in active addiction. Arguments are their comfortable playing field. You’ll get
lured in with the hope of resolution yet quickly find yourself confused,
accused, devoured and enraged beyond your norm.
Instead of trying to get a storm to negotiate, I know now to take cover. I take care of myself and trust in my Higher Power to calm the storm. I don’t have to go through it anymore. There is no reasoning with a hurricane. My boundaries remain firm and final. Life has to be handled totally different when addiction is present.
If you are related to, living with or dealing in any way with someone you know or suspect is active in addiction, the crucial thing is to take care of yourself. Addiction causes havoc and destruction in any setting. Trying to argue, prove, manage or reason with addiction is like shouting at a raging tidal wave — there is no possible way to maneuver it. The wise thing to do is take cover, find calm and peace for yourself and keep your boundaries firm. You can deal with the damage once it’s passed over, if you so choose. What a relief!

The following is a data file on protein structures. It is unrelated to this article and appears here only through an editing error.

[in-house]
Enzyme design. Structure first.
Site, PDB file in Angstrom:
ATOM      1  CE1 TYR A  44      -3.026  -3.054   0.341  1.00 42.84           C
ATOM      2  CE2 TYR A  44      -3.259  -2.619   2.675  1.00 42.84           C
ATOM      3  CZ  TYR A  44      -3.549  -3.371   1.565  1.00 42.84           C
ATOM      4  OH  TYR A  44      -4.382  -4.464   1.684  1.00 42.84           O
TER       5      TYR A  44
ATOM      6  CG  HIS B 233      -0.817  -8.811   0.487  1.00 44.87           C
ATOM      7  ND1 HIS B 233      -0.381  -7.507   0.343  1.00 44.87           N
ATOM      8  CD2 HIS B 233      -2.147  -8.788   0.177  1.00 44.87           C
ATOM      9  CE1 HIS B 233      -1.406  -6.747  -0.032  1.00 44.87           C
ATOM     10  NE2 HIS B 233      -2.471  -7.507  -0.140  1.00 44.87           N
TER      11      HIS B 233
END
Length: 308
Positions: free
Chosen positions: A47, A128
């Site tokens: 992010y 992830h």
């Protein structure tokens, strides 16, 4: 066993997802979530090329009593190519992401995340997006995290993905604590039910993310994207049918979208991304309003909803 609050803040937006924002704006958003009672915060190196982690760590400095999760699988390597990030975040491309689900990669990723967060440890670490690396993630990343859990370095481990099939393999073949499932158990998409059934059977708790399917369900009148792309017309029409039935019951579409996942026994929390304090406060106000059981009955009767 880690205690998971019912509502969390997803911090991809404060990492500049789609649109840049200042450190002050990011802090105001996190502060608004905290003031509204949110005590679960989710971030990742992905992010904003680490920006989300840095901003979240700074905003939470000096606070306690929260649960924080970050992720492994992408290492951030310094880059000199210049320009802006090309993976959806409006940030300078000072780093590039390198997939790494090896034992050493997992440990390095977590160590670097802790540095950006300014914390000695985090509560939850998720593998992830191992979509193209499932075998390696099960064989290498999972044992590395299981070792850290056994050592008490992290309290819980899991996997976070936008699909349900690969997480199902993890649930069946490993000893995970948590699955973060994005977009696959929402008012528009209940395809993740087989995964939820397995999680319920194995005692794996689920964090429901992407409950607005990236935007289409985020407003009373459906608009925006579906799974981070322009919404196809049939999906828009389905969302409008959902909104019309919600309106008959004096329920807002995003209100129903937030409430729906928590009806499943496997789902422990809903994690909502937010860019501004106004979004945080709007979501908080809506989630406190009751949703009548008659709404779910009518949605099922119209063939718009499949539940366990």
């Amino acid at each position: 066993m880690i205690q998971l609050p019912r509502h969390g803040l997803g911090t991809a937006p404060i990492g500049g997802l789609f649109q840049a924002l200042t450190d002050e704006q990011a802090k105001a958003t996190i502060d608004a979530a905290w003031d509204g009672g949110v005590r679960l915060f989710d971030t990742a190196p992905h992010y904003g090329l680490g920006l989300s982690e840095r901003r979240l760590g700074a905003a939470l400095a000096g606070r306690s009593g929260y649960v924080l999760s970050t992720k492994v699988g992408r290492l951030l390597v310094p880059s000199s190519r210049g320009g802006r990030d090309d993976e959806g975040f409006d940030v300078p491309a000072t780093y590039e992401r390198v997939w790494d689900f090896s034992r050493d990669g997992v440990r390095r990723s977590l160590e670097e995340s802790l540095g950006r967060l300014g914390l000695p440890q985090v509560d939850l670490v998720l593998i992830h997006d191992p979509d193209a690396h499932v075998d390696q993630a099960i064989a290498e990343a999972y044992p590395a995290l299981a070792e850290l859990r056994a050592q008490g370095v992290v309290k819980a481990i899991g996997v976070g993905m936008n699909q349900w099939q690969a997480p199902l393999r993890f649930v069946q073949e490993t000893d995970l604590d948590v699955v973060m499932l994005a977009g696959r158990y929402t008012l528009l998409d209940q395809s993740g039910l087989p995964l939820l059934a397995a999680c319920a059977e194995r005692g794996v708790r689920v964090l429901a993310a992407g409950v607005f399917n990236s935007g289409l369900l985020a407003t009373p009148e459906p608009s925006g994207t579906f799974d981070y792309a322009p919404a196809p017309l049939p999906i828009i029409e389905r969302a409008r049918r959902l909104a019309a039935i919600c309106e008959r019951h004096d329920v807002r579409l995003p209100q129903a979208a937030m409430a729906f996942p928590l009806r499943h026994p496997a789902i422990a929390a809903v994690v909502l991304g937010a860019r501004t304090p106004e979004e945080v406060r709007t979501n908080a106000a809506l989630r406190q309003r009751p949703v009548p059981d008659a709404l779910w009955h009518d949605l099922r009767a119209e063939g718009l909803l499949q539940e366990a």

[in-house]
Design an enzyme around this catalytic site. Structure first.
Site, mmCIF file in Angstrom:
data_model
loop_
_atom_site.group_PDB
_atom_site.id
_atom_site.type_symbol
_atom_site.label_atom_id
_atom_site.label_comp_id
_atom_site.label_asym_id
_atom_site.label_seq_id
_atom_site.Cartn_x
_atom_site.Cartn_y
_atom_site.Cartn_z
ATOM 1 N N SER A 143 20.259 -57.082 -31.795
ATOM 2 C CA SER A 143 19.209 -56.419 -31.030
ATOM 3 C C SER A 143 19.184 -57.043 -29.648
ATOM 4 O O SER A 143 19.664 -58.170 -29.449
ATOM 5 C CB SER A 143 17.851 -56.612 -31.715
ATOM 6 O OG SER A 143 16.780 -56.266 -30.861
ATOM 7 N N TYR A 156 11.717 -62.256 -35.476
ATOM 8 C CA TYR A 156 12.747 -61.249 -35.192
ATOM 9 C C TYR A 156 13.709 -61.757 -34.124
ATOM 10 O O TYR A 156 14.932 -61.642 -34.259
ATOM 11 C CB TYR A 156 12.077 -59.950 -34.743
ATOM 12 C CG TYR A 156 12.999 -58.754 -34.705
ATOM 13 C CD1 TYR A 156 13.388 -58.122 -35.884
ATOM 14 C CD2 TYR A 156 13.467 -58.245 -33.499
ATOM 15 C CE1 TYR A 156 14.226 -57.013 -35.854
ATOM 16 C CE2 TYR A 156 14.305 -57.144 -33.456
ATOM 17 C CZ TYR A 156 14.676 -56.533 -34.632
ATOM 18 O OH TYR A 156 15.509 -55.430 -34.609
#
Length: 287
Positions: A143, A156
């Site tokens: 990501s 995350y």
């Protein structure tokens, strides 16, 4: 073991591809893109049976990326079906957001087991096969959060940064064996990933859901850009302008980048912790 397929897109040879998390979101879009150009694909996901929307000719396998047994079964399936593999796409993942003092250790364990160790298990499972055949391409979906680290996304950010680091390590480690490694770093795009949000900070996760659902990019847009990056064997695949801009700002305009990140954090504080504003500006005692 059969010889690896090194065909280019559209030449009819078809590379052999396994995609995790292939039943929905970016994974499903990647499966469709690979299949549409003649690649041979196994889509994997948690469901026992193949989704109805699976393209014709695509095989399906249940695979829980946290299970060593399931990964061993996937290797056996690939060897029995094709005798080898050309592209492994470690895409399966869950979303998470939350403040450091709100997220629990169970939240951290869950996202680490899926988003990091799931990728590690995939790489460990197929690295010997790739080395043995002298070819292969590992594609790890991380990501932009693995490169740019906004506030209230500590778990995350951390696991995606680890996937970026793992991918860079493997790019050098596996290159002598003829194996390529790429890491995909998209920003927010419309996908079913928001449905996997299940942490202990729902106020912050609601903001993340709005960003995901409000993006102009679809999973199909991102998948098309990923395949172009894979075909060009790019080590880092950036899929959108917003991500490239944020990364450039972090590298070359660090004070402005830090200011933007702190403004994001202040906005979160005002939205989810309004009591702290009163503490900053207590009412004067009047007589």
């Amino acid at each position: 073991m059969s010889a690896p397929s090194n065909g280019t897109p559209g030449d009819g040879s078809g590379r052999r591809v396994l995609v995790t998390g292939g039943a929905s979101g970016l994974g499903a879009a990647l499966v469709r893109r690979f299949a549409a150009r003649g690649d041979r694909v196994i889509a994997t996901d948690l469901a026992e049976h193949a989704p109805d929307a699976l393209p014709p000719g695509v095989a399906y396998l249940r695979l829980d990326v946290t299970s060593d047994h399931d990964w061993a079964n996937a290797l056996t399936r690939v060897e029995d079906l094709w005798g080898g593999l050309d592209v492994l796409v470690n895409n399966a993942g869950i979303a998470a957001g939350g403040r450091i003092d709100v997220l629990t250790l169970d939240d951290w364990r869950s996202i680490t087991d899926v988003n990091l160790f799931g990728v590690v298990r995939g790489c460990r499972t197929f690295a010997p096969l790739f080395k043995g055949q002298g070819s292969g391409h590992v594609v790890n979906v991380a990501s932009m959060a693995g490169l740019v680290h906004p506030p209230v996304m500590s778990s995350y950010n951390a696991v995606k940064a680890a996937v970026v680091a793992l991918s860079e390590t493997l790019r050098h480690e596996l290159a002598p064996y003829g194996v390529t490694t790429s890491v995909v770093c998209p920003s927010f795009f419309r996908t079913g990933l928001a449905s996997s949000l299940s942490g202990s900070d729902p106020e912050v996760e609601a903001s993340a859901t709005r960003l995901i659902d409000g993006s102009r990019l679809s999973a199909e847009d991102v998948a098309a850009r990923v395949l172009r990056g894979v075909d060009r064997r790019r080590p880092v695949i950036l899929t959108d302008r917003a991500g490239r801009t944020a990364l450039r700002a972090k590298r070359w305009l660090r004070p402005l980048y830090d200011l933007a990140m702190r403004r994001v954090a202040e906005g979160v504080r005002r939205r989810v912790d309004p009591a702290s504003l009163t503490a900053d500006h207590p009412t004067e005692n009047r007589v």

Annie Highwater is a Writer, Speaker, Podcast Host and Family Advocate. She has a particular interest in family pathology and concepts of dysfunction, addiction, alcoholism and conflict. Annie published her memoir, Unhooked: A Mother’s Story of Unhitching from the Roller Coaster of Her Son’s Addiction, in 2016. Her story sheds light on the personal challenges facing the affected parents and family members, and illustrates how family dynamics both help and hinder the recovery process. Annie’s second book, Unbroken, Navigating the Madness of Family Dysfunction, Addiction, Alcoholism and Heartache was published in August of 2018. She resides in Columbus, Ohio and enjoys writing, long distance running, hiking, the great outdoors and visiting her son in California as often as possible.